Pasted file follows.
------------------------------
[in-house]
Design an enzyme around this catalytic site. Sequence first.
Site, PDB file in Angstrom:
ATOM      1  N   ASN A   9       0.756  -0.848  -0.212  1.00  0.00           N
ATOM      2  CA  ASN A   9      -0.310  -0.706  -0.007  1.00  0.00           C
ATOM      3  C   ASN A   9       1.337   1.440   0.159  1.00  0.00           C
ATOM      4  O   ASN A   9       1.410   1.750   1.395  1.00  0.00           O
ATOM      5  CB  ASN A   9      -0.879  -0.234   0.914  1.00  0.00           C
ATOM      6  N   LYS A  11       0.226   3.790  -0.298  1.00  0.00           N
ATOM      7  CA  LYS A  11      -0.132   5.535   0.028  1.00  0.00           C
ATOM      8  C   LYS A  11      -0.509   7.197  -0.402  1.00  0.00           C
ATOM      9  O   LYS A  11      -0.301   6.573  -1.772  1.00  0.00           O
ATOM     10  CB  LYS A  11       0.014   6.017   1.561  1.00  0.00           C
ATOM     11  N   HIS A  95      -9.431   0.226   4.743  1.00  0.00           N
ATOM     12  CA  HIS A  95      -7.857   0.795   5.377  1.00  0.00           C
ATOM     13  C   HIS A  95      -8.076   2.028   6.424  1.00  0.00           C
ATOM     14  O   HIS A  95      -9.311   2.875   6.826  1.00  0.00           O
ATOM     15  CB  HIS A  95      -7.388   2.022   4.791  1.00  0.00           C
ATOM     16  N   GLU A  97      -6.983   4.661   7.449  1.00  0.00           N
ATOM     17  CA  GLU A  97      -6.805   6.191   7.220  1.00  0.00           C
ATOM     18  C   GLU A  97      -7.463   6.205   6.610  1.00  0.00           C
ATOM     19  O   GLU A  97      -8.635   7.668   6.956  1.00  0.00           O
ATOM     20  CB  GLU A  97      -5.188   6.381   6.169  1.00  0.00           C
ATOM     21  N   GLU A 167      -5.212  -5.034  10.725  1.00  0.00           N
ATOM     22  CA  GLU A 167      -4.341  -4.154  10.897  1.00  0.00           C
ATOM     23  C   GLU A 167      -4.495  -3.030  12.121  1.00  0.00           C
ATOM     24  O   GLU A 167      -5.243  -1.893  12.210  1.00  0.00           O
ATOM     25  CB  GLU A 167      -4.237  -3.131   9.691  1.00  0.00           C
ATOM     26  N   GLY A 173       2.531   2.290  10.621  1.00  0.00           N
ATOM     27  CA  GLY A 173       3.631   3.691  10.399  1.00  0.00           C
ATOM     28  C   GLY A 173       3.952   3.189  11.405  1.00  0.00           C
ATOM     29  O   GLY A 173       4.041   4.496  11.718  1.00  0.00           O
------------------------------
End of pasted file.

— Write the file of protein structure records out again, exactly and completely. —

[in-house]
Design an enzyme around this catalytic site. Sequence first.
Site, PDB file in Angstrom:
ATOM      1  N   ASN A   9       0.756  -0.848  -0.212  1.00  0.00           N
ATOM      2  CA  ASN A   9      -0.310  -0.706  -0.007  1.00  0.00           C
ATOM      3  C   ASN A   9       1.337   1.440   0.159  1.00  0.00           C
ATOM      4  O   ASN A   9       1.410   1.750   1.395  1.00  0.00           O
ATOM      5  CB  ASN A   9      -0.879  -0.234   0.914  1.00  0.00           C
ATOM      6  N   LYS A  11       0.226   3.790  -0.298  1.00  0.00           N
ATOM      7  CA  LYS A  11      -0.132   5.535   0.028  1.00  0.00           C
ATOM      8  C   LYS A  11      -0.509   7.197  -0.402  1.00  0.00           C
ATOM      9  O   LYS A  11      -0.301   6.573  -1.772  1.00  0.00           O
ATOM     10  CB  LYS A  11       0.014   6.017   1.561  1.00  0.00           C
ATOM     11  N   HIS A  95      -9.431   0.226   4.743  1.00  0.00           N
ATOM     12  CA  HIS A  95      -7.857   0.795   5.377  1.00  0.00           C
ATOM     13  C   HIS A  95      -8.076   2.028   6.424  1.00  0.00           C
ATOM     14  O   HIS A  95      -9.311   2.875   6.826  1.00  0.00           O
ATOM     15  CB  HIS A  95      -7.388   2.022   4.791  1.00  0.00           C
ATOM     16  N   GLU A  97      -6.983   4.661   7.449  1.00  0.00           N
ATOM     17  CA  GLU A  97      -6.805   6.191   7.220  1.00  0.00           C
ATOM     18  C   GLU A  97      -7.463   6.205   6.610  1.00  0.00           C
ATOM     19  O   GLU A  97      -8.635   7.668   6.956  1.00  0.00           O
ATOM     20  CB  GLU A  97      -5.188   6.381   6.169  1.00  0.00           C
ATOM     21  N   GLU A 167      -5.212  -5.034  10.725  1.00  0.00           N
ATOM     22  CA  GLU A 167      -4.341  -4.154  10.897  1.00  0.00           C
ATOM     23  C   GLU A 167      -4.495  -3.030  12.121  1.00  0.00           C
ATOM     24  O   GLU A 167      -5.243  -1.893  12.210  1.00  0.00           O
ATOM     25  CB  GLU A 167      -4.237  -3.131   9.691  1.00  0.00           C
ATOM     26  N   GLY A 173       2.531   2.290  10.621  1.00  0.00           N
ATOM     27  CA  GLY A 173       3.631   3.691  10.399  1.00  0.00           C
ATOM     28  C   GLY A 173       3.952   3.189  11.405  1.00  0.00           C
ATOM     29  O   GLY A 173       4.041   4.496  11.718  1.00  0.00           O